• ISBN-13: 9780141001463
  • Publisher: Penguin Group (USA) Incorporated
  • Publication date: 5/1/2001
  • Edition description: Reissue
  • Pages: 528
  • Sales rank: 266,920
  • Product dimensions: 5.59 (w) x 8.43 (h) x 1.10 (d)

Meet the Author

Richard B. Frank was born in Kansas in 1947. He served for almost four years in the United States Army, including a tour of duty in Vietnam as an aerorifle platoon leader with the 101st Airborne Division. He is the author of Guadalcanal.

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Read an Excerpt

Tokyo Burns: Raid of March 9-10

"A silver curtain falling"

With the night came north winds, blowing bitter and cold across the uneasy city. By 8:00 p.m., great shuddering gusts, at 45 to 67 miles per hour, "violent as a spring typhoon," shoved against the wooden walls and pried at the doors and windows of the dwellings of Tokyo's 4.3 million citizens. Elsewhere, the winds toppled or jammed radar antennas and made mischief with communications. On the pitching seas to the south, picket-boats raised frantic alerts of many approaching bombers, but faulty radio reception--and faulty organization--muffled the alarms.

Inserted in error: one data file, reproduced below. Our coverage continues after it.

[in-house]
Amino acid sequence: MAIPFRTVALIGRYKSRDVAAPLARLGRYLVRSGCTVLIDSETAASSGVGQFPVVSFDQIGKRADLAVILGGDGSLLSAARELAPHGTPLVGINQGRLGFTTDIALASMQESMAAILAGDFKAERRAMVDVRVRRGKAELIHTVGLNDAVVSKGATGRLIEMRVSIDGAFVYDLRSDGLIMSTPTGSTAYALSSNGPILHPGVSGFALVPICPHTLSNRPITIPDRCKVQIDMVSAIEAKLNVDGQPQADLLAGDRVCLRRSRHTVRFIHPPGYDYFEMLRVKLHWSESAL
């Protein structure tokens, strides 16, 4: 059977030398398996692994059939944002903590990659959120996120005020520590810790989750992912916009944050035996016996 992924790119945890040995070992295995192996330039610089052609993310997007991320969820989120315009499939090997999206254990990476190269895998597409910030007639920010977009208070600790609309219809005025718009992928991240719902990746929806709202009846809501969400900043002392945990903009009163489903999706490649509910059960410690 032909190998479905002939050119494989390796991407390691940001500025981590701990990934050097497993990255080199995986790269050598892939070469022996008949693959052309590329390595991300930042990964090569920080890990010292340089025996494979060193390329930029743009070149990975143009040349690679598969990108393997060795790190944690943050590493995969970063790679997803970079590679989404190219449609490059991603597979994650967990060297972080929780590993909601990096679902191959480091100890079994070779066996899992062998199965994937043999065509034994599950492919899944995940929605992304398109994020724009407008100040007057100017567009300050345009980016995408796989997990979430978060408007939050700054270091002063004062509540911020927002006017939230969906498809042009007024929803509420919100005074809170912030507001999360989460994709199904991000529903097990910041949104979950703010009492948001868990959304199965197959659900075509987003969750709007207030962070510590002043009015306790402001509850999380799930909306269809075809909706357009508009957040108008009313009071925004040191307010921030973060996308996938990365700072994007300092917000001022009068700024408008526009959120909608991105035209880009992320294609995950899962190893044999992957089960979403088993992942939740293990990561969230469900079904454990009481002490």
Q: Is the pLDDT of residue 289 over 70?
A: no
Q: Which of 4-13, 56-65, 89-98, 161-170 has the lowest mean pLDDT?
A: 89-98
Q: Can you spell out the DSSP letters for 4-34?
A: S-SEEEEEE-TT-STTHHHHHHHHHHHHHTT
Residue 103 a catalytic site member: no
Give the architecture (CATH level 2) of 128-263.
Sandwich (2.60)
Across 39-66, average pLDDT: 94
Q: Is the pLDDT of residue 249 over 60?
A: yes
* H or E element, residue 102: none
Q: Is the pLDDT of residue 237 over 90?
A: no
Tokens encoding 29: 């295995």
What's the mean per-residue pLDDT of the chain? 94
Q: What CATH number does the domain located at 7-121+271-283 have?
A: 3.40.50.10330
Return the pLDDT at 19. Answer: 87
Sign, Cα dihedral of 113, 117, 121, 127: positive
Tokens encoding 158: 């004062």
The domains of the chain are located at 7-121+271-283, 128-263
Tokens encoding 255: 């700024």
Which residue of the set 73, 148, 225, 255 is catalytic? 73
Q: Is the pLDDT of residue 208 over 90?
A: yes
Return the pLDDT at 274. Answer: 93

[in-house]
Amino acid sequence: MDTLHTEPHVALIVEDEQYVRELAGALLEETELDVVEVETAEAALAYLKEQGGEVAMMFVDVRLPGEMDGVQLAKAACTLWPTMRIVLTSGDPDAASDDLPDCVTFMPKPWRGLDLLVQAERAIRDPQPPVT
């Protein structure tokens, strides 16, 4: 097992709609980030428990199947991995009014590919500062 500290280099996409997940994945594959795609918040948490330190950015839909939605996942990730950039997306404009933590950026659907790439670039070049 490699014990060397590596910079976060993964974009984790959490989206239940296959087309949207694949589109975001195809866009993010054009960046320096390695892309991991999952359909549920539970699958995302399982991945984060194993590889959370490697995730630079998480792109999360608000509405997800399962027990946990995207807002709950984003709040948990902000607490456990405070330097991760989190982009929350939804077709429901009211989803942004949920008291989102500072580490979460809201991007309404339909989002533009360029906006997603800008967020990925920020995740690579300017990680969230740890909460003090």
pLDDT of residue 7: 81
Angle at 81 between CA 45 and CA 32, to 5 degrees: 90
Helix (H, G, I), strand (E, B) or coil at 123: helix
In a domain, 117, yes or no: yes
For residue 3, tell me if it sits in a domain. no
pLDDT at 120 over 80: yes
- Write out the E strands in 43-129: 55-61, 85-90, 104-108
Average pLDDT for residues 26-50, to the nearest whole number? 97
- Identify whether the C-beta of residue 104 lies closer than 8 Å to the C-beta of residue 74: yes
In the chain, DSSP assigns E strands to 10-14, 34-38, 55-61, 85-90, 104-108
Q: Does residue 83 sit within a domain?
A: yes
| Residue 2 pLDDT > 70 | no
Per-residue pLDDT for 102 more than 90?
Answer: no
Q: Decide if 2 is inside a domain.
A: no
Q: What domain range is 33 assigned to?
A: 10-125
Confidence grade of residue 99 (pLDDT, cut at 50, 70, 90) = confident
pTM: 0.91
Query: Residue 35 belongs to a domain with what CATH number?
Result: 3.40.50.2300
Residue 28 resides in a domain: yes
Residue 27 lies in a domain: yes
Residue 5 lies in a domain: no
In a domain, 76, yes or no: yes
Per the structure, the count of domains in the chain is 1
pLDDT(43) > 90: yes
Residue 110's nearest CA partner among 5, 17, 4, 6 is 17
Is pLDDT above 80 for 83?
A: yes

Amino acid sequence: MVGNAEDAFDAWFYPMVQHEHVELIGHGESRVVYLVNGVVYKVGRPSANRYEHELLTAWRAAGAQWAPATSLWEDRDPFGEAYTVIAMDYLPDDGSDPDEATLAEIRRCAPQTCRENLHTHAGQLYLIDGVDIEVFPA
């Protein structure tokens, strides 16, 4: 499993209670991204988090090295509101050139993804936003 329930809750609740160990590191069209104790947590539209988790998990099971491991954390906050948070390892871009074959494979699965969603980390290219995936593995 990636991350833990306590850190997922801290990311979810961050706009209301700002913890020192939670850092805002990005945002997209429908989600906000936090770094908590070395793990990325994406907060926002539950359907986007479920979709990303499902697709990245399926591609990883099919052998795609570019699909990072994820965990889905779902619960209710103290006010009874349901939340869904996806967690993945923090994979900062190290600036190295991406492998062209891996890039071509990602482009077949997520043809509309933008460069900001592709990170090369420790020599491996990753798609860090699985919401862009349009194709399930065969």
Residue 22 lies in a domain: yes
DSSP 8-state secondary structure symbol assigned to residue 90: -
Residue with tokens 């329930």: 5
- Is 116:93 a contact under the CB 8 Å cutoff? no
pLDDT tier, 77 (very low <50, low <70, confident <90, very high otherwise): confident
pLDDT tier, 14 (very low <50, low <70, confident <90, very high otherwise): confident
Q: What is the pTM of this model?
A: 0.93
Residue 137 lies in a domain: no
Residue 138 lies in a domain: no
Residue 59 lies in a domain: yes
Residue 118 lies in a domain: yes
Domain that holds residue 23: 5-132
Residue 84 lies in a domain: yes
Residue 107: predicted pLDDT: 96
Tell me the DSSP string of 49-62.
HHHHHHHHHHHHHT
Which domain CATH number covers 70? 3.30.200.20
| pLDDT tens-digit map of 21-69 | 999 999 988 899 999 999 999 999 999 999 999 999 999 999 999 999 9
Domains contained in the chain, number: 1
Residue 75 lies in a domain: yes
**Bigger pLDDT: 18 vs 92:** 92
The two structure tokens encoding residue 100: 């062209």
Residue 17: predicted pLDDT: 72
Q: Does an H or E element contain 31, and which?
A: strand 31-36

On radios throughout the capital, the voice of Hidetoshi Matsumura, the spokesman for Imperial General Headquarters, hailed the coming day, March 10, as Army Day. His oration ended in the weary cliché: "The darkest hour is just before dawn." His words had barely faded when, at 10:30 p.m., sirens sounded the long, steady wail warning of distant but potentially threatening aircraft. In contrast to the pervasive disorder that had invaded and overwhelmed all aspects of daily life in the capital, the air-raid alert system that roused many from mid-slumber was still respected for its efficiency. With electric lights forbidden after nightfall and cooking gas nonexistent, most families now habitually prepared and ate meals at twilight and then retired early. But even in repose, Tokyo's denizens remained partly dressed, usually in shapeless, loose monpe trousers.